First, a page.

Of course there is: if you can do it, it's *MUCH* more elegant than the
alternative, which is managing 3-4 properties to deal with a single
As for the description, you miss the point again - for an item, you'd
create a master object, and then keep just 3-4 integers in the contents
list, basically object type and its age (if objects are wearing off with
use). Everything else can be stored on the master object. Of course,
I don't like MUDs with gather-equipment-then-go-out-and-kill centered
game all that much, but this is very valid option for them. :)
Remember, most LPs have problems precisely with this issue - when the
number of things grow high, their db explodes. This very much fixes
this issue, and you can /still/ make all the equipment permanent (i.e.
not lost in reboots).
> :You misunderstand. I refer to *FAST* development of robust code. Dynamically
> :typed languages, with some debugging facilities, won't let you get away
> :with too much, and they don't pester you with figuring declarations in
> :advance (again, I /know/ that ML doesn't either. But ML is also
> :non-trivial to implement from scratch).
> Perhaps I'm a pessimist, but I think that "fast development of robust
> code" is an oxymoron - there ain't no such thing. Over the years, I've
You mean, you haven't seen such a thing? :) It's impossible in C, I
agree with that much.
> come to the conclusion that the most important feature a bunch of code
> can have is that of how maintainable it is. That is strongly tied to how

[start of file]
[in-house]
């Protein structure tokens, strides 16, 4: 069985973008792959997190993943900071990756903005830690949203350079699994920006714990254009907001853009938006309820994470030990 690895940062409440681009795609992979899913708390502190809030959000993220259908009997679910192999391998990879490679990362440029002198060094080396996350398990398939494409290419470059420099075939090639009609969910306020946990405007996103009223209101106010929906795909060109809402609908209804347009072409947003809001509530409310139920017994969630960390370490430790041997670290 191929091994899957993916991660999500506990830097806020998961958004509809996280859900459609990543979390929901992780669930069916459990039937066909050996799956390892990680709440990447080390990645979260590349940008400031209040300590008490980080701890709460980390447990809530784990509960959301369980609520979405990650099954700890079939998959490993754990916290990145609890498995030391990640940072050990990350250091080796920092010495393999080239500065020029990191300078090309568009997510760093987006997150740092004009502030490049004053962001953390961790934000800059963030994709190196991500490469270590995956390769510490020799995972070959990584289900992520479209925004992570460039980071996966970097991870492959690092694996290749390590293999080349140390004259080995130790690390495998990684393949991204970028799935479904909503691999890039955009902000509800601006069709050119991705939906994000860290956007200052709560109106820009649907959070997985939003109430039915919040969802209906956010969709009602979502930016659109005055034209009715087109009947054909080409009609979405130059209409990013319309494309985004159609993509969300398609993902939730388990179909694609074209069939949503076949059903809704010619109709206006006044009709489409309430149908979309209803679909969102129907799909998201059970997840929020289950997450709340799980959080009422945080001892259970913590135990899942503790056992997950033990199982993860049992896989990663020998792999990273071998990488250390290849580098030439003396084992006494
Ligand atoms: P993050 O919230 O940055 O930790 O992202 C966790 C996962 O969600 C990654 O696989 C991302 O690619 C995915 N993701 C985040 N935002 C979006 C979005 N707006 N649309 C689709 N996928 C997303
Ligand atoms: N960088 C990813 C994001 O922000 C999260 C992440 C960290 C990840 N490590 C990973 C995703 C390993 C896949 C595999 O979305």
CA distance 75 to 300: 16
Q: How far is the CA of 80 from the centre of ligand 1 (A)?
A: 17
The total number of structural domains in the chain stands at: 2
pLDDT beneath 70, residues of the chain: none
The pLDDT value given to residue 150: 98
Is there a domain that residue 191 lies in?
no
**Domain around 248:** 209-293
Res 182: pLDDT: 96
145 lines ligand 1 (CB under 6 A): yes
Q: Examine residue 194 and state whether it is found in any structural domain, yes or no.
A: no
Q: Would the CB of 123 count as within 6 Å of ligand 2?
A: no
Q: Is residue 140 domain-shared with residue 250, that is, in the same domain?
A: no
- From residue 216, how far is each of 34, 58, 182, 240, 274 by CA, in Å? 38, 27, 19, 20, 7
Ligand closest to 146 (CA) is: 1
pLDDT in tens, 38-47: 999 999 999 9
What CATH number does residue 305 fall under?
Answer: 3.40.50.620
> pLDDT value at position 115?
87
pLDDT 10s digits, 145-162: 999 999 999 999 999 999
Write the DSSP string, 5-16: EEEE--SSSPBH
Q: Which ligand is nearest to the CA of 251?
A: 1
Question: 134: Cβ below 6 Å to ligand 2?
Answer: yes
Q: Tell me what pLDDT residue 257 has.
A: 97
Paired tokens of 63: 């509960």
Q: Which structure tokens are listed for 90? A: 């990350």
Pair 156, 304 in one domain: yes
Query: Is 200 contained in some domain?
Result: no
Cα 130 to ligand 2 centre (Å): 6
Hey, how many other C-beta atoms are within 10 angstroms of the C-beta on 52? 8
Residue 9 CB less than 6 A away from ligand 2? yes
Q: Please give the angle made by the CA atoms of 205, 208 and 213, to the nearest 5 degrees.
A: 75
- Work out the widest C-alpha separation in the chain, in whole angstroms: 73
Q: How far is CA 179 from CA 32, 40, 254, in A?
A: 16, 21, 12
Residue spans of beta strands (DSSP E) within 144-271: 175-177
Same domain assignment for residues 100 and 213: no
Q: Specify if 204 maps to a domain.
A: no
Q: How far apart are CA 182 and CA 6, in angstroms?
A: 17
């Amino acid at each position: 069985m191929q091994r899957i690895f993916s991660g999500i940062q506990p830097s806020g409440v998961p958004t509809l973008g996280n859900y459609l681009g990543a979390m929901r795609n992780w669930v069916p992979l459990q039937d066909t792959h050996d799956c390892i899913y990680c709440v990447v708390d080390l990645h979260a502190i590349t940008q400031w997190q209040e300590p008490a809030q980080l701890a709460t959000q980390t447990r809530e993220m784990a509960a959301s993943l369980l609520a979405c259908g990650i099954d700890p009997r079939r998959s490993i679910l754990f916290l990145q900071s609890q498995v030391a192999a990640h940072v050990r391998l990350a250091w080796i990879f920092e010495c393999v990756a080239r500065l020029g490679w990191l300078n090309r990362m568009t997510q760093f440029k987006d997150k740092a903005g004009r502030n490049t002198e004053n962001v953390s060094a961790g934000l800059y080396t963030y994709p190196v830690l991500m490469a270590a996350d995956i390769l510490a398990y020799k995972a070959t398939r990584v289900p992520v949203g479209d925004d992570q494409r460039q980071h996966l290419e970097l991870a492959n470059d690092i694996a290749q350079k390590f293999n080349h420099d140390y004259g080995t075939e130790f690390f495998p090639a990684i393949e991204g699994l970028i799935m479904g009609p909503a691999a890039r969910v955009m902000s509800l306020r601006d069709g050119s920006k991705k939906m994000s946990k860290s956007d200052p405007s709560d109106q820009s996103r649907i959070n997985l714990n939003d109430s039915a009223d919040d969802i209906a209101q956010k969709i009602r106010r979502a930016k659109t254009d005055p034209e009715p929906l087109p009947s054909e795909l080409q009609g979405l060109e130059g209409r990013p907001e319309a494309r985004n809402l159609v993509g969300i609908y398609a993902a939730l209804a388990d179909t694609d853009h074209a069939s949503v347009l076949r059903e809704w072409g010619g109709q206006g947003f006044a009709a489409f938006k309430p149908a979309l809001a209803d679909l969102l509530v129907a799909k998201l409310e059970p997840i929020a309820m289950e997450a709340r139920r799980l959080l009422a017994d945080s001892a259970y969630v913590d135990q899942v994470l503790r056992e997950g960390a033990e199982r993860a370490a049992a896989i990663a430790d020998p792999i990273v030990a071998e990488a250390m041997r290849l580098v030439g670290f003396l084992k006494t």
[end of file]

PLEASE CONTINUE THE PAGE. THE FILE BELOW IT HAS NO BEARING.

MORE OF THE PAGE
> readable it is. All code of any merit will be maintained, so I always
> write code with that in mind. If the code doesn't happen to have bugs,
> then you will be wanting to change what it does in some way.
I agree with this, though. Readability is important, but semantics
is also important - you can think of it as 'mental readability'.
The most important aspect of any development environment is its
effectiveness in removing the interdependancies of the modules.
(it can be measured by number of modules that must be changed after
a change in one module. Any change can provoke chain reaction, and
if average number of changes after one module was changed exceeds 1,
this will pretty much always be the case and that's the point where
program becomes unmaintainable).
I found that dynamic typing greatly helps here, because it allows you
to write functions according to what they /do/, regardless of what
kind of arguments they take.
> :You're certainly right here - it depends on individual experience. I
> :have great experience with dynamically typed systems (I hope you mean
> :'dynamically typed' as opposed to 'weakly typed' - those are not the same).
> Can you clarify the differences for us?
Weak typing means that types are hidden from the programmer. Dynamic
typing means that types are tied to data. Strong typing means that
types are tied to the syntactic entities (such as variables, object
properties, return type declarations for functions etc).
MUSH is weakly typed, MOO is dynamically typed, for example.
Both C and ML are statically typed, and it turns out that in ML,
static typing is not evil (you don't see it, since ML figures most
variable types from the context, and then cross checks them during
compilation, and it also has mechanisms to deal with all 3 examples
I gave above).
> :Uhhh, okay, I misunderstood a bit - it's not that unsafe. But again,
> :why do you need it as part of the /language/ as opposed to part of the
> :language /implementaion/?
> Umm, "its not that unsafe"? What is unsafe at all? And no, the fact that
> I can efficiently implement the language isn't necessarily part of the
> specification of the language, but it is certainly something that I will
> be concerned about just as much as the details of the language spec.
Don't worry about it too much. If Scheme can be compiled to run about
as fast as C, then anything else can. :)
To tie to your previous argument, the best way to design software
that is easy to maintain is to separate design from implementation.
In this particular case, language design affects *everything* else
you do, and programming language theory is advanced enough that you
can get pretty much everything to run fast (even tcl!)